An in vivo study, which found that nanosecond pulsed electric fields (nsPEF) can affect cellular targets in the epidermal or dermal layers of the skin without affecting the integrity of dermal tissue, was selected as the September 2019 Lasers in Medicine and Surgery Editor’s Choice. Non-thermal nsPEF therapy applies nanosecond pulses of electrical energy to induce regulated cell death in cellular structures.
For this human study, authors David Kaufman, MD, et al, enrolled seven subjects with healthy tissue who were scheduled for abdominoplasty. Five subjects were treated over the course of 60 days with doses of six nsPEF energy levels (30 treatment squares of 25mm2 or less) within the planned excision area. Three independent, blinded dermatologists evaluated the treated areas for erythema, flaking and crusting using a 5‐point scale (0 = low, 4 = high) at 1 day, 5 days, 15 days, 30 days and 60 days prior to surgery. The researchers processed and evaluated punch biopsies of the surgically removed tissue for tissue changes using hematoxylin and eosin, trichome, caspase‐3, microphthalmia transcription factor and elastin stains.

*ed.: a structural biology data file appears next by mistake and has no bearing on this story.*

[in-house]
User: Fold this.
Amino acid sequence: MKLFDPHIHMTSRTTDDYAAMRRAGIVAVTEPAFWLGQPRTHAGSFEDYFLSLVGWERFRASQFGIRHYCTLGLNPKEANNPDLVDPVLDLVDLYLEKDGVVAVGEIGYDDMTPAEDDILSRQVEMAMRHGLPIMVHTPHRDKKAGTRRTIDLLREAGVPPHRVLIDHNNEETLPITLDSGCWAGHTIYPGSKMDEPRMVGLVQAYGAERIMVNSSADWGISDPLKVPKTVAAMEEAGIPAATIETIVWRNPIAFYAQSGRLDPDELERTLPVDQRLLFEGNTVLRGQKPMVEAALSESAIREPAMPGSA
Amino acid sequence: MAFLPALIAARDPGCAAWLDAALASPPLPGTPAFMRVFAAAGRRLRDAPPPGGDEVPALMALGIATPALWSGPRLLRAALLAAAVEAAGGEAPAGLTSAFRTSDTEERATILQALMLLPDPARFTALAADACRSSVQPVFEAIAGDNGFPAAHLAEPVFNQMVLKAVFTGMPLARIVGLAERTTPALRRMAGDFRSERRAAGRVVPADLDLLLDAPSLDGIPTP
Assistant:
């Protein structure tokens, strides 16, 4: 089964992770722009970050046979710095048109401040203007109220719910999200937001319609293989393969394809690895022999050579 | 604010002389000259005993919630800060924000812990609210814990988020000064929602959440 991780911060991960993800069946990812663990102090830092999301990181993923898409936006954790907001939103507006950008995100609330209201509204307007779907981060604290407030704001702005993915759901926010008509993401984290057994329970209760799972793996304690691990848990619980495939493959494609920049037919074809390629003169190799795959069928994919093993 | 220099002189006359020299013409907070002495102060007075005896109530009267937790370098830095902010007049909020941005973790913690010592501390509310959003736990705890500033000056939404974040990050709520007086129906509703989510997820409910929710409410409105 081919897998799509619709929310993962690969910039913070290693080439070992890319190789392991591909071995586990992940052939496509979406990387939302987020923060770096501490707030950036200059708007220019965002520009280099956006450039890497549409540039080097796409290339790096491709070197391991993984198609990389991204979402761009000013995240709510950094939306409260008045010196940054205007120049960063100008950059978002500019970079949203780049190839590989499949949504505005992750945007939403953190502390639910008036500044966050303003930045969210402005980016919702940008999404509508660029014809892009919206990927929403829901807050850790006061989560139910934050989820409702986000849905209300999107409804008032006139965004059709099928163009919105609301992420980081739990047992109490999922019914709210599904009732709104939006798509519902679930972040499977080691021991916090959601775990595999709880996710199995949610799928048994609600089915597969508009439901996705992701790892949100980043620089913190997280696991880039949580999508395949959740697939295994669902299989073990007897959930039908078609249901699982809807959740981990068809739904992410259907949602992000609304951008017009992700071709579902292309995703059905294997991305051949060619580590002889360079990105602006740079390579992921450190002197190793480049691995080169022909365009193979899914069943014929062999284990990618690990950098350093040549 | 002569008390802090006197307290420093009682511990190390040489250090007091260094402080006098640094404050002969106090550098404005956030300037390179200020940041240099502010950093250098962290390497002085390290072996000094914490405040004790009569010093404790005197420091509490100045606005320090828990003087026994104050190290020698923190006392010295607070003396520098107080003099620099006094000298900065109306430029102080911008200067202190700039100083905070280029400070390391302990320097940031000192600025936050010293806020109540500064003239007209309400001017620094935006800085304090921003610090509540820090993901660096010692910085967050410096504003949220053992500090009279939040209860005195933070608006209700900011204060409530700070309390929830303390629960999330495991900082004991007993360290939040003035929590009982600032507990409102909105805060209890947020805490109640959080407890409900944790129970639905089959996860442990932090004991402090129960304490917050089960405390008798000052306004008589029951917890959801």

The evaluators observed delayed epidermal loss followed by re‐epithelization by day 15 and a normal course of healing at most energy settings. Cellular structures such as melanocytes, sebaceous glands and hair follicles were damaged while acellular structures such as elastic fibers and collagen were largely unaffected. These results demonstrate that nsPEF could be a promising non-thermal treatment modality for both benign and neoplastic skin conditions, as well as for removing epidermal lesions, the authors note.
“This first study of a totally new energy device in humans is important because it establishes and characterizes a safe range of energy ‘doses’ in normal skin to guide dosimetry for future studies of this device in abnormal skin conditions,” said Dr. Kaufman.
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